On Aug. 13, 2018, Mayor Duterte-Carpio announced the formation of a super-coalition of three national parties and six local or regional parties. The three national parties are the Nacionalista Party (NP), Nationalist People’s Party (NPC), and National Unity Party (NUP). The six local parties are: Hugpong ng Pagbabago (HNP), a regional party founded by Duterte-Carpio not too long ago; Ilocano Timpuyog; Alyansa Bol-anon Alang sa Kausaban (Abaka); Aggrupation of Party for Progress (APP); Kambilan; PaDayon Pilipino (PP); and Serbisyo sa Bayan Party.
Joining forces with Duterte-Carpio are big political quarterbacks Sen. Cynthia Villar of the NP, former President and now Speaker Gloria Macapagal-Arroyo, and tycoon Eduardo “Danding” Cojuangco Jr., founder the NPC when he ran for President in 1992.
Duterte-Carpio told the media that it was her father, President Duterte, who gave her and her supporters the go-ahead to form HNP. But it doesn’t take a genius to figure out what President Duterte had in mind. He sees in Sara someone who is a natural heir to his expanding political domain that has the prospect of becoming the country’s next preeminent political dynasty, if not already. Actually, Sara is the only one among Duterte’s three children by his first marriage who is ready to step up to the plate and carry out her father’s political agenda.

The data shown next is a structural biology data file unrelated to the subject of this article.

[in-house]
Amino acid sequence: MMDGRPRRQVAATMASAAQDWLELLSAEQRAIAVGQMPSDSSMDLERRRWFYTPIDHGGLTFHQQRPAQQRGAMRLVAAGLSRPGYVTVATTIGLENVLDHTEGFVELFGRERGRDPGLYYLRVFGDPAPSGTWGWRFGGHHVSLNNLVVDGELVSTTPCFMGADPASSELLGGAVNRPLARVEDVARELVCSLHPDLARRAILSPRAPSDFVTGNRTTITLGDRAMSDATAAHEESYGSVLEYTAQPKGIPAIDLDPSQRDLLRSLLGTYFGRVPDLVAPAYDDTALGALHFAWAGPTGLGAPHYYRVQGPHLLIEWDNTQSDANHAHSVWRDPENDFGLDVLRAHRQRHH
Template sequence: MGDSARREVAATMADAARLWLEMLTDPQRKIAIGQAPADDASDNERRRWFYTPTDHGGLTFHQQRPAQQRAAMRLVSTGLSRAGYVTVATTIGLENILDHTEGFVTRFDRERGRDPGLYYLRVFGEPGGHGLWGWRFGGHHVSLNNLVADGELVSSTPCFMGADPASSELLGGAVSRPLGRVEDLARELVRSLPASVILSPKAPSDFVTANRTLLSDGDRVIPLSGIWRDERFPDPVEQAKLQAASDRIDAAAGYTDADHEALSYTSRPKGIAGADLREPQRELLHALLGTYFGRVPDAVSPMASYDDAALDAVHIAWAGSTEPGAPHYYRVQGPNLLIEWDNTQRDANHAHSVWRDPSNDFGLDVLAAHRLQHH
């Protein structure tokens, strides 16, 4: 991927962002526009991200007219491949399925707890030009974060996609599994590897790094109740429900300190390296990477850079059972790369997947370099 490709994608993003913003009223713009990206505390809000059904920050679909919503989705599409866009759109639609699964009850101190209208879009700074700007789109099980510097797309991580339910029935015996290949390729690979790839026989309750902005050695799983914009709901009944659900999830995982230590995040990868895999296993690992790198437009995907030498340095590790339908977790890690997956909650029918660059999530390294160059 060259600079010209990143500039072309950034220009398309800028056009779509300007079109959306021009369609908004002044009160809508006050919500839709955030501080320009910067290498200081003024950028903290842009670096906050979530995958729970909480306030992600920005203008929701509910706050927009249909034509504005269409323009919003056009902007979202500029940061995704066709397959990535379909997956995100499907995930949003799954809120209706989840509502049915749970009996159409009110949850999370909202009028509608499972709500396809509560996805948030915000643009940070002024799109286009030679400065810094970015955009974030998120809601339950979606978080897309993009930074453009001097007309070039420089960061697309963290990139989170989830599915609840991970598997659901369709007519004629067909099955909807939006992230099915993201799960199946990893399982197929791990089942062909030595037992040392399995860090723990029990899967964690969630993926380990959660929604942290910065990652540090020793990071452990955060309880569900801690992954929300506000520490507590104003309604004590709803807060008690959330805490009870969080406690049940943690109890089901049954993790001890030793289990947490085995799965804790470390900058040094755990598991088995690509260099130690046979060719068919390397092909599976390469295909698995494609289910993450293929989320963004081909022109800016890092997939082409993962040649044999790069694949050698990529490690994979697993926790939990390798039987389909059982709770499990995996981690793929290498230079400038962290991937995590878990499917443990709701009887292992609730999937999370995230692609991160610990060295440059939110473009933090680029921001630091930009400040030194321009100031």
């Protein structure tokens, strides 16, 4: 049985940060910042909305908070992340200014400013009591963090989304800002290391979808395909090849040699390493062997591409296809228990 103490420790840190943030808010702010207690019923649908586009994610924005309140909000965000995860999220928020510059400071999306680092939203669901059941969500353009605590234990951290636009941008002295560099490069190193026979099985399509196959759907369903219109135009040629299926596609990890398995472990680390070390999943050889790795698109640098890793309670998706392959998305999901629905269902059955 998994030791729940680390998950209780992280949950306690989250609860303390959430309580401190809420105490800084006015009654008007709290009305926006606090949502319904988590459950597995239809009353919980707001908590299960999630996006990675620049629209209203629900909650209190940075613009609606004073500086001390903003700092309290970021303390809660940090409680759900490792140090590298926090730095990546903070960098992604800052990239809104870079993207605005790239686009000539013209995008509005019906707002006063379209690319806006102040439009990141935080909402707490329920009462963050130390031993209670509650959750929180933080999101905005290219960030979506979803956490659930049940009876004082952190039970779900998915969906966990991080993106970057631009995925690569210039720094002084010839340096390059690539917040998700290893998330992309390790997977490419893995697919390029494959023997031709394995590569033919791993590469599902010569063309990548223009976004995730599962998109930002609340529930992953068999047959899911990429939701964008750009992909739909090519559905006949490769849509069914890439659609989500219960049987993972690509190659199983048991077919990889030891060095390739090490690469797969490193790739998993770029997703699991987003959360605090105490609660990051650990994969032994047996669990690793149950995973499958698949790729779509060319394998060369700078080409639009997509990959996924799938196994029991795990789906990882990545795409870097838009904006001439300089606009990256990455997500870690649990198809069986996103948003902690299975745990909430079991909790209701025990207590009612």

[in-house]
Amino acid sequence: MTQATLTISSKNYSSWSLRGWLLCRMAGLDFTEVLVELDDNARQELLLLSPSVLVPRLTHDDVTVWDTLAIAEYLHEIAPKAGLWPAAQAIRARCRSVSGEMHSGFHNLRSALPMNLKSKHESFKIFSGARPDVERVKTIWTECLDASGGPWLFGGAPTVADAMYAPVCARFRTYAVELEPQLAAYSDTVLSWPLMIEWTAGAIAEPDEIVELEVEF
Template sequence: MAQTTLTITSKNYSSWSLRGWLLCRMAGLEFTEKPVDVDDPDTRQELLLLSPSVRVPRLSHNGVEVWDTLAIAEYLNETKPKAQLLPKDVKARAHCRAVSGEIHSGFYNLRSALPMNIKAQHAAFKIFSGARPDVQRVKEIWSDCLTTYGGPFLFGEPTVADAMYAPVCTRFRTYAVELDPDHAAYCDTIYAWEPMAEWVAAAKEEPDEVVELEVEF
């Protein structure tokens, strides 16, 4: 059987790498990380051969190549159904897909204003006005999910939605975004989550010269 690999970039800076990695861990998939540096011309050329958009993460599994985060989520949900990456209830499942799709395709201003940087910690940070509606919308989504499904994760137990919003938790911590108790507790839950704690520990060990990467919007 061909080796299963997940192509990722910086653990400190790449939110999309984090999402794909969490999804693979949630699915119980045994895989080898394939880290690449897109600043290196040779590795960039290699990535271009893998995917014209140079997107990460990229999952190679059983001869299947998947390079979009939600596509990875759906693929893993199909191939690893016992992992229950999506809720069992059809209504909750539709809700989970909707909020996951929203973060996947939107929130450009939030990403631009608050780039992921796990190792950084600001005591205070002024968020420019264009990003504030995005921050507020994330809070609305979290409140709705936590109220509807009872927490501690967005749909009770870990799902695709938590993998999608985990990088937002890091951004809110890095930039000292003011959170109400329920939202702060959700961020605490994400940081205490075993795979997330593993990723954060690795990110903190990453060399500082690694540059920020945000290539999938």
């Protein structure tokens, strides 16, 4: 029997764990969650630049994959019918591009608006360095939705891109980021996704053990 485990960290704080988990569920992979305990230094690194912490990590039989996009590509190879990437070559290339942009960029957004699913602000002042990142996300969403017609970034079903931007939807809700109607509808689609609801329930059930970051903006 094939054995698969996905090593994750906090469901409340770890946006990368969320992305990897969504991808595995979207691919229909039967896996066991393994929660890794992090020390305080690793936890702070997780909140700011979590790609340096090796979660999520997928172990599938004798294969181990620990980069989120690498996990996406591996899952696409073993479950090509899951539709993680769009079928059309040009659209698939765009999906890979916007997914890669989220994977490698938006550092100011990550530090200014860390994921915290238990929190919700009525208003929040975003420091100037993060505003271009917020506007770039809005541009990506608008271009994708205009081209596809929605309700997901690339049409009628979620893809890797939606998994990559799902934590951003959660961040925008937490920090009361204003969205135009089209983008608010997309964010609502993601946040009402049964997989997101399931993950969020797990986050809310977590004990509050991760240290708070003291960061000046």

In a calculated move last September, Sara denied that she would be running for senator this year. “I am not running for senator. We are just really trying to unite everybody who wants to help the administration of President Duterte until 2022,” she said. She should have added, “…and beyond.”
In my article, “How high would Sara go?” (September 2018), I wrote: “She [Sara Duterte-Carpio] would be Duterte’s political heir in 2022 when his presidential term expires. The question is: Is she prepared and ready to take over from her father?
“She might not be as prepared to run for president but she is ready. She has the gumption to fight an intense and contentious presidential campaign. She got that from her dad. But she should also be aware that some of her rivals in the presidential derby might be her allies today. As we all know, political turncoats or ‘balimbings’ would emerge from the murky shadows of political expedience.